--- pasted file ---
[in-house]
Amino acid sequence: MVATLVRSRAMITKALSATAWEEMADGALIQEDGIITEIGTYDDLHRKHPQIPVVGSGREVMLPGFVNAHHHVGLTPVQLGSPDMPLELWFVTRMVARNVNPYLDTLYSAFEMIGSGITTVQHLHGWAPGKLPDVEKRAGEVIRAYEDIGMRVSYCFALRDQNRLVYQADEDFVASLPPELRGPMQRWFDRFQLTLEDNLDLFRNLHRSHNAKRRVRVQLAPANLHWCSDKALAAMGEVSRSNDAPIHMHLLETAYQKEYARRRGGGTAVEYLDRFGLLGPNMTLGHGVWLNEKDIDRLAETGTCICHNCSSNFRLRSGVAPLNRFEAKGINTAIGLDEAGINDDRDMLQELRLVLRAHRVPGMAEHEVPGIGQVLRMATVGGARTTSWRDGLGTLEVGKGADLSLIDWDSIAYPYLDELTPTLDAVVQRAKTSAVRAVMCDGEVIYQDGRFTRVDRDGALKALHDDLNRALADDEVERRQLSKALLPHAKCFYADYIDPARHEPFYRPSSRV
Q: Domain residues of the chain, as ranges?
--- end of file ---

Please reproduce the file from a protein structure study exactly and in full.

[in-house]
Amino acid sequence: MVATLVRSRAMITKALSATAWEEMADGALIQEDGIITEIGTYDDLHRKHPQIPVVGSGREVMLPGFVNAHHHVGLTPVQLGSPDMPLELWFVTRMVARNVNPYLDTLYSAFEMIGSGITTVQHLHGWAPGKLPDVEKRAGEVIRAYEDIGMRVSYCFALRDQNRLVYQADEDFVASLPPELRGPMQRWFDRFQLTLEDNLDLFRNLHRSHNAKRRVRVQLAPANLHWCSDKALAAMGEVSRSNDAPIHMHLLETAYQKEYARRRGGGTAVEYLDRFGLLGPNMTLGHGVWLNEKDIDRLAETGTCICHNCSSNFRLRSGVAPLNRFEAKGINTAIGLDEAGINDDRDMLQELRLVLRAHRVPGMAEHEVPGIGQVLRMATVGGARTTSWRDGLGTLEVGKGADLSLIDWDSIAYPYLDELTPTLDAVVQRAKTSAVRAVMCDGEVIYQDGRFTRVDRDGALKALHDDLNRALADDEVERRQLSKALLPHAKCFYADYIDPARHEPFYRPSSRV
Q: Domain residues of the chain, as ranges?